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Google Chrome takes a new step to be faster

To this day, Google Chrome remains the undisputed king when it comes to browsers. Google’s browser market share is well above the sum of the rest of its opponents and, at least in the short term, there are no signs that aim to jeopardize your leadership. However, it is also indisputable that your alternatives are constantly evolving, and for example in recent months we have been able to see how Microsoft Edge maintains a slow but sustained growth.

That most of the companies responsible for browsers have given up their own engines or other developments and instead opted for Chromium, it has taken away from Google Chrome quite a few of its exclusive benefits, that is, the ones it had when it was the only browser with that engine. Today there are very few, mainly Mozilla Firefox and Apple Safari, which are maintained in other engines, and although the case of Firefox is different, there is increasing consensus that Apple should also make this leap at some point. They do not seem ready to do so for now, but there may be some change in the medium term.

Be that as it may, now Google Chrome faces increased competition, which seems incredibly healthy to me, and should put the focus on eFind improvements to deliver to your users, to achieve retention. And it is no secret that a very important aspect for Google is the performance, both of the websites and online services and of its own software developments. And yes, I am aware that there are also part of their problems, such as memory management, but it is no less true that it is also a field to which they dedicate a lot of effort to improve.

The latest news in this regard is found today in Windows Latest, and it tells us that a function that has long been present in the version of Google Chrome for Android is close to reaching the desktop versions of the browser. It is a back-forward cache, and its function is to always keep cached the last web page we have been to, in addition to the one we currently have open in the same tab. Thus, whether we press the back button (to return to the last page viewed) or the forward button (whose function is practically similar, only to return to the one we visited before pressing back), content loading will be instantaneous.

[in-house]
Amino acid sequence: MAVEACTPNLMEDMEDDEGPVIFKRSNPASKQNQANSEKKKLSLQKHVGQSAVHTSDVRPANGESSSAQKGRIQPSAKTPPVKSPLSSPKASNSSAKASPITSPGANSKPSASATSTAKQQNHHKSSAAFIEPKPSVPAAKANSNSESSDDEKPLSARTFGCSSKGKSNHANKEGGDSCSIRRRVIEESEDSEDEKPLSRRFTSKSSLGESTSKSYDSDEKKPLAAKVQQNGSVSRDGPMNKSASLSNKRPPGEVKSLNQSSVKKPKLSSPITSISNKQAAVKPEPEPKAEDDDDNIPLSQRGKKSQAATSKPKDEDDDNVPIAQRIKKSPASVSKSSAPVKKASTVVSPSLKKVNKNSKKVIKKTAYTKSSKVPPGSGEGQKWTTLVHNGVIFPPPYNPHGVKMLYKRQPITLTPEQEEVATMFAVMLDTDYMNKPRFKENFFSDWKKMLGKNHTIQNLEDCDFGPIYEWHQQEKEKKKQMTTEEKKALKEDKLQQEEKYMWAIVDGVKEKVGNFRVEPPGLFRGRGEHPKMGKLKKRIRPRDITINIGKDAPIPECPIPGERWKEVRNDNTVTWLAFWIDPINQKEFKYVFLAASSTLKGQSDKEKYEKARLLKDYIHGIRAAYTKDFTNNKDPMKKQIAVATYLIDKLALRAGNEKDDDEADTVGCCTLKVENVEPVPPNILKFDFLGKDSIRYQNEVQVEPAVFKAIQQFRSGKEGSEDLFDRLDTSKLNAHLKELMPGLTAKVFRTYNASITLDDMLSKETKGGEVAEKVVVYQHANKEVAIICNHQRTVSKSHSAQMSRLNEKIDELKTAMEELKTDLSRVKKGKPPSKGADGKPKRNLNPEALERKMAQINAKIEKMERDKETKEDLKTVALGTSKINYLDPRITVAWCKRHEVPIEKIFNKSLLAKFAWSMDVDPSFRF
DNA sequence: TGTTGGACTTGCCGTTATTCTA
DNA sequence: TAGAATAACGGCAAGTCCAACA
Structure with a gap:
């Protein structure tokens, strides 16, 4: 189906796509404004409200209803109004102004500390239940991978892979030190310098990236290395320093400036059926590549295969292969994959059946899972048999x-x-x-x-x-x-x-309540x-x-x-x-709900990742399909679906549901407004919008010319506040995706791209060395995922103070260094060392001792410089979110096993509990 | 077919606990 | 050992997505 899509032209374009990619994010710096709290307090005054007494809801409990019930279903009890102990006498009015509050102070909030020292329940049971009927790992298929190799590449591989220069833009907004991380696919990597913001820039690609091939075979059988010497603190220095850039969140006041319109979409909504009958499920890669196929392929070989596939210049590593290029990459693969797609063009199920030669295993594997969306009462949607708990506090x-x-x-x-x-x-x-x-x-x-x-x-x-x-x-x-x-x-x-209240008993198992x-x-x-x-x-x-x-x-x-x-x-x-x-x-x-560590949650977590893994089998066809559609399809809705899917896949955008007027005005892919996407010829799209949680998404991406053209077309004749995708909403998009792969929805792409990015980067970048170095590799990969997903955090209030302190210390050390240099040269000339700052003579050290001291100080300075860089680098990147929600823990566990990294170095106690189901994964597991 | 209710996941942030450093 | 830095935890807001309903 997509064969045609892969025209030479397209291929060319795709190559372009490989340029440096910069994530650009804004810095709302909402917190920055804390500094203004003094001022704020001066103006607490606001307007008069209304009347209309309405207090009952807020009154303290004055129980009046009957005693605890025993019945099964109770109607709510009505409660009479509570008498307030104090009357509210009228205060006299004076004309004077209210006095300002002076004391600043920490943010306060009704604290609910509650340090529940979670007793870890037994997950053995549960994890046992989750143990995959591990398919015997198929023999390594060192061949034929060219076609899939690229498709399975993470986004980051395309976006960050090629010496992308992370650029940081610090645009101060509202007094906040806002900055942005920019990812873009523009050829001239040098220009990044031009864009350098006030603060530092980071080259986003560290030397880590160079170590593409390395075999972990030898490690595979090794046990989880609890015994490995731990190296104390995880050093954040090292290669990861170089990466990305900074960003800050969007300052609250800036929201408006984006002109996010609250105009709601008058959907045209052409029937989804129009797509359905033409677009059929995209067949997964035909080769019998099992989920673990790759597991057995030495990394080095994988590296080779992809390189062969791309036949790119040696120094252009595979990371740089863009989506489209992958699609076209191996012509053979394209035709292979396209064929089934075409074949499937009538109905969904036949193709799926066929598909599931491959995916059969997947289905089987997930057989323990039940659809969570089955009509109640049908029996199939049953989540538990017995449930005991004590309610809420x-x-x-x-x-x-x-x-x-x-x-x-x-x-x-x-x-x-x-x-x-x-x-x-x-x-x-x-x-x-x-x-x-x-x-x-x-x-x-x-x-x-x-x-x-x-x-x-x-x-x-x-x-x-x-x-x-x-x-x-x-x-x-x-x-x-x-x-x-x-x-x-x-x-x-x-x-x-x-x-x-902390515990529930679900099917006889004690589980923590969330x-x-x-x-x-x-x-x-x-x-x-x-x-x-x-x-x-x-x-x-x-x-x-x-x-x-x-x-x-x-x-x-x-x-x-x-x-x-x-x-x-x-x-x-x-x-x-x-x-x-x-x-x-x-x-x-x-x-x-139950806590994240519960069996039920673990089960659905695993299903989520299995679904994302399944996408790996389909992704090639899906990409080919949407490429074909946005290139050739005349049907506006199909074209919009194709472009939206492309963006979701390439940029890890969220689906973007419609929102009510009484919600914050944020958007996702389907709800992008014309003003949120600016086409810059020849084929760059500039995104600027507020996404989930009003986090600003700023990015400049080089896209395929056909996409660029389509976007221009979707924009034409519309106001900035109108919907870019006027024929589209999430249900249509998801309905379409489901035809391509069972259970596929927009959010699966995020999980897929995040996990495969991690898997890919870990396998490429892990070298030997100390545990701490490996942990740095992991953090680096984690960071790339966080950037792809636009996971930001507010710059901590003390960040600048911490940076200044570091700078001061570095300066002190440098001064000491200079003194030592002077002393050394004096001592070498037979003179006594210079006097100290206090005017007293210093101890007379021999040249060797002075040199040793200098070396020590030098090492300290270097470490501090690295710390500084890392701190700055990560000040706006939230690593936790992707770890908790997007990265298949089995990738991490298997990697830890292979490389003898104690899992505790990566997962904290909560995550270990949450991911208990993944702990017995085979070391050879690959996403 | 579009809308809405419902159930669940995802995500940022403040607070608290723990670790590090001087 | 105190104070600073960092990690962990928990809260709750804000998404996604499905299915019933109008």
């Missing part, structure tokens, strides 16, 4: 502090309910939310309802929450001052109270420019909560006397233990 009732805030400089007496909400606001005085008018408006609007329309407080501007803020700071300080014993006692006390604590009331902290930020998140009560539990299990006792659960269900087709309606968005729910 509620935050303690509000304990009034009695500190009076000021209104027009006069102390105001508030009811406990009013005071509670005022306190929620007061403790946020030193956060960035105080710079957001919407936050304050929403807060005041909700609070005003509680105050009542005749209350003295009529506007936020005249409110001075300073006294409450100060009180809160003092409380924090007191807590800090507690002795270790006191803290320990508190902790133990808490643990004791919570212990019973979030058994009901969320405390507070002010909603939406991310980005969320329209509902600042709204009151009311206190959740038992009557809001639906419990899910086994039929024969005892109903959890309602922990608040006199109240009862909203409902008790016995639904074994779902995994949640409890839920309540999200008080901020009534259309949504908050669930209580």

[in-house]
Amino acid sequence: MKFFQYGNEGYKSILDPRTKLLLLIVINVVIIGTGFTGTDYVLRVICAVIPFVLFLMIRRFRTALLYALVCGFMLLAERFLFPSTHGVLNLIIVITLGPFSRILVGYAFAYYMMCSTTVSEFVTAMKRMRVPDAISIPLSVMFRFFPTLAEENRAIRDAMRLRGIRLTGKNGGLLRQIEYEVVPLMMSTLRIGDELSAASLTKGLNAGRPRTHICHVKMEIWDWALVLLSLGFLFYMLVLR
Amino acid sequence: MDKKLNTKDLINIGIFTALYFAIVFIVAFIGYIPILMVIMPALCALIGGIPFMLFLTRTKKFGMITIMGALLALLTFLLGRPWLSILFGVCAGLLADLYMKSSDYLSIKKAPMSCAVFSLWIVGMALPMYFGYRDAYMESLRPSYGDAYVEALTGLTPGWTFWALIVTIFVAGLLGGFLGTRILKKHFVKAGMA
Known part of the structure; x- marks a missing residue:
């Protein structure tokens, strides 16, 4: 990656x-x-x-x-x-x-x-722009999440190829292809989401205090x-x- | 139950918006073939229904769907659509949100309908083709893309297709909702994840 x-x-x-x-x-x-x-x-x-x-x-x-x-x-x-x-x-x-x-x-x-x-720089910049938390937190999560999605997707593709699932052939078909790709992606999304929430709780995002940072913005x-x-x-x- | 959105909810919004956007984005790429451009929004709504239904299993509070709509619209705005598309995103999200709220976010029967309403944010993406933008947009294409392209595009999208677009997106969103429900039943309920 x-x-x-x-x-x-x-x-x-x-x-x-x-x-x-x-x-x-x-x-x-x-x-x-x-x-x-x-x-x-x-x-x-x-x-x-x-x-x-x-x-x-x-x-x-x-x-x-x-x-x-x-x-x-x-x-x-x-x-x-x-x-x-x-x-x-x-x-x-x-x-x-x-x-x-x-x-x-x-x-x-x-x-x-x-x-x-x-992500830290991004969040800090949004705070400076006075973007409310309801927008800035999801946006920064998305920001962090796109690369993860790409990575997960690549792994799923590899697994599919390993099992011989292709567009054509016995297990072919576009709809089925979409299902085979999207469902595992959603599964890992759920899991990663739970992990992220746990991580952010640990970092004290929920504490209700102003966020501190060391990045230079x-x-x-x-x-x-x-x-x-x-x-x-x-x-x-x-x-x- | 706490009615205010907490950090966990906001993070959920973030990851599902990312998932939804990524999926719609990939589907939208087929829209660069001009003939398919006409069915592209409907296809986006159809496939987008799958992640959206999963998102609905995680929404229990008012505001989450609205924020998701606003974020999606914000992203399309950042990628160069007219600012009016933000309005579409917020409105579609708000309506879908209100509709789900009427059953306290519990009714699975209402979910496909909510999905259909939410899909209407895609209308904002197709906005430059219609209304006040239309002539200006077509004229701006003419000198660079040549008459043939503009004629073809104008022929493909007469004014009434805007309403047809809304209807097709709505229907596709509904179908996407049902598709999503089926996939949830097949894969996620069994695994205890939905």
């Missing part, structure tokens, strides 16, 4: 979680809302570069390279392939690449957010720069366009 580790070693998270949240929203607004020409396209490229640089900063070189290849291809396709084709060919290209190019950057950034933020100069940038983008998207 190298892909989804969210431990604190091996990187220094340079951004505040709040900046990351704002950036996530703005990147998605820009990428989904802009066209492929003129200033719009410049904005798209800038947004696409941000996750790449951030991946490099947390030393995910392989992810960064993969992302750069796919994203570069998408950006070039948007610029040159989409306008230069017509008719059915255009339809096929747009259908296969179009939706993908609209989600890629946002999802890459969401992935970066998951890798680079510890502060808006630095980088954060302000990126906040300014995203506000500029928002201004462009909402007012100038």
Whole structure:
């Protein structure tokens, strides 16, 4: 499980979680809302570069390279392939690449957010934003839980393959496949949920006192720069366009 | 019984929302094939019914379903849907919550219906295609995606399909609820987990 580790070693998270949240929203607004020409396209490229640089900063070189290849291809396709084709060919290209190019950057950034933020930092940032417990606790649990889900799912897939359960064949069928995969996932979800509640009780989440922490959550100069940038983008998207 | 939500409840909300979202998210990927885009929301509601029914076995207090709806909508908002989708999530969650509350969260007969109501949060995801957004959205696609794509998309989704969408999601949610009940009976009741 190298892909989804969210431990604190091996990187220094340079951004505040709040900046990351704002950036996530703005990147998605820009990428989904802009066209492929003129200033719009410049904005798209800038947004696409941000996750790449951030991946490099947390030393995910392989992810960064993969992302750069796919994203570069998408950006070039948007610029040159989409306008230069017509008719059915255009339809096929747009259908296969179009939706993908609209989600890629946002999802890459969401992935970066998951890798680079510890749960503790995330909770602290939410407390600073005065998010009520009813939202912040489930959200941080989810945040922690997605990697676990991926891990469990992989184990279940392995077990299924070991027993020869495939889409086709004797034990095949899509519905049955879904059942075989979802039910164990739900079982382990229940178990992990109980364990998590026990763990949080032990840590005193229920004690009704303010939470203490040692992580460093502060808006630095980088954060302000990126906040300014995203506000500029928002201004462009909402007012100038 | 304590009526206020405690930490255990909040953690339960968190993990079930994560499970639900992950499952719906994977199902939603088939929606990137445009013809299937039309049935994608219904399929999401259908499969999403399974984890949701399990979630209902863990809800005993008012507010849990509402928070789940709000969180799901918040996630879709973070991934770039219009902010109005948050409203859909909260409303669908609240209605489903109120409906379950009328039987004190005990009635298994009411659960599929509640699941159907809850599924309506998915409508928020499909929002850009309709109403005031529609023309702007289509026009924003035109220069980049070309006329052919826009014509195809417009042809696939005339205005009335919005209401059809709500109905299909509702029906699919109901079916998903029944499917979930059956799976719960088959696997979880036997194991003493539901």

The arrival of back-forward cache to the desktop versions of Google Chrome for Windows, macOS and Linux will be produced in experimental mode with version 92 (We are currently at 90). Its full deployment should be quite fast since, as we have already said, it is a function that has already been more than proven in Android, so its adaptation to desktop environments should be quite simple.

In case you are wondering, in principle this feature should not affect system performance. And it is that all the content cached by this Google Chrome function does not remain loaded in memory and, of course, the scripts of the cached page are not kept running to be recovered if the user retraces his steps.

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